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To Do: January and February Jobs in the Garden

January is a time to hunker down with a good seed catalogue and a never ending supply of tea - we're busy planning our sowing dates and creating planting plans for the year. We do get out on to the field when the mud allows and spend as much time in the polytunnel as possible on a sunny day. It's lovely to be 'outside' and able to strip off down to only a few layers!


In the garden: we are tidying up, covering soil for new flower beds to be planted in the summer, building protective covers for early spring plantings and cutting back hellebore leaves to help prevent the spread of blackspot. We also are cutting back perennials but being selective about doing this. We are always careful not to cut back plants likely to be protecting over-wintering creatures. Planting bare-root trees and shrubs can be done at any time. We would also plant bareroot perennials in the slightly warmer weeks.


In the polytunnel/greenhouse: keep an eye on plants in pots - these can easily dry out with the winter wind and sun. We have been planting hardy annuals into the beds to give them a head start and cutting back chrysanthemums. For plants to sow, see below. Now is a good time to do a good clean and tidy, and make sure that you regularly open doors and windows to boost ventilation and help keep disease at bay.


Propagation: Although it's early we are already turning our minds to what we can sow now to get a jump on the season. There are a few flowers which take a while to be large enough to flower so sowing early can really help extend their season of blooming.

  • Sweet peas: Preferring to flower in the cooler periods, we sow sweet peas in October and January. The jury seems to be out on whether it's worth pre-soaking or scoring the seeds - we do neither, just sow into an open compost about 2cm deep. We use 9cm pots or root trainers to give them a decent root run. The main thing to watch out for is damage from mice and voles who seem to love nothing more than munching on all your newly germinated babies. We sow and hang from the bars in our tunnel to deter mice. Do not over-water.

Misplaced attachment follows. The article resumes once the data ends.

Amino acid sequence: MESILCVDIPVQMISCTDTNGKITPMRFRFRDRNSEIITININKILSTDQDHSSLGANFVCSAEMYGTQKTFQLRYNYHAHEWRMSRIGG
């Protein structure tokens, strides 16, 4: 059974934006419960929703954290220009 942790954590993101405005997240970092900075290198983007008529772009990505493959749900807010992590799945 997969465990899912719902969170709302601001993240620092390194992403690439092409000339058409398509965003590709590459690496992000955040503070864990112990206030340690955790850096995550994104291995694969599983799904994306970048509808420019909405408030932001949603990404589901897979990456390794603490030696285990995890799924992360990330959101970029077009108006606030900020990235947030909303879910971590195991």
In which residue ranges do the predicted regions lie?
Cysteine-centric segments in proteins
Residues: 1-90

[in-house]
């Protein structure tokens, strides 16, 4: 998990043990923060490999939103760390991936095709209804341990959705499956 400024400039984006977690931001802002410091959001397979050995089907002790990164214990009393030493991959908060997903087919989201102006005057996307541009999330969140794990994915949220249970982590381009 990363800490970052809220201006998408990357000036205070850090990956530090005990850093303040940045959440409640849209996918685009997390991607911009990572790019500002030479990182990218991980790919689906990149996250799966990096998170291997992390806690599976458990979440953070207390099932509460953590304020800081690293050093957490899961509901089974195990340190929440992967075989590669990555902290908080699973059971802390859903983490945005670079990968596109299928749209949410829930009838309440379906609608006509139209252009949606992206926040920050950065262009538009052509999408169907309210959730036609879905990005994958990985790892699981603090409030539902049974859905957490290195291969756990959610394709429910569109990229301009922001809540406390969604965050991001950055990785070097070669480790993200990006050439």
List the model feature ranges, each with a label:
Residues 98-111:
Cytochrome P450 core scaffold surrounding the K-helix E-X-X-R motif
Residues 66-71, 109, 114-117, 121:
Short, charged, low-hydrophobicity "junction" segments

• Cobaea scandens (Cup and Saucer Plant): This vigorous annual climber is very quick to grow but struggles if sown too late or not moved on quickly enough out of small pots. It makes a very pretty and unusual cut flower. We start this in February on a heated mat and under lights. It will then be moved into the polytunnel and protected with fleece if frost threatens. We'll keep potting it up until it's big enough to go outside. This year we are also trying it in the polytunnel as we've known them to still be flowering well into November in a protected space.

  • Dahlias: Don't forget to order your dahlias now - some of the popular varieties have already sold out. Tubers are usually dispatched in February but you can get any you already have onto a heated mat - or a windowsill in the house above a radiator - to start sprouting to take cuttings from.

  • Snapdragons: These take quite a while to reach flowering point so we recommend starting in February. They will need heat to get going and watch that the compost isn't too wet (or too dry!)

  • Hardwood cuttings can be taken now of roses and shrubs.


Happy Gardening!



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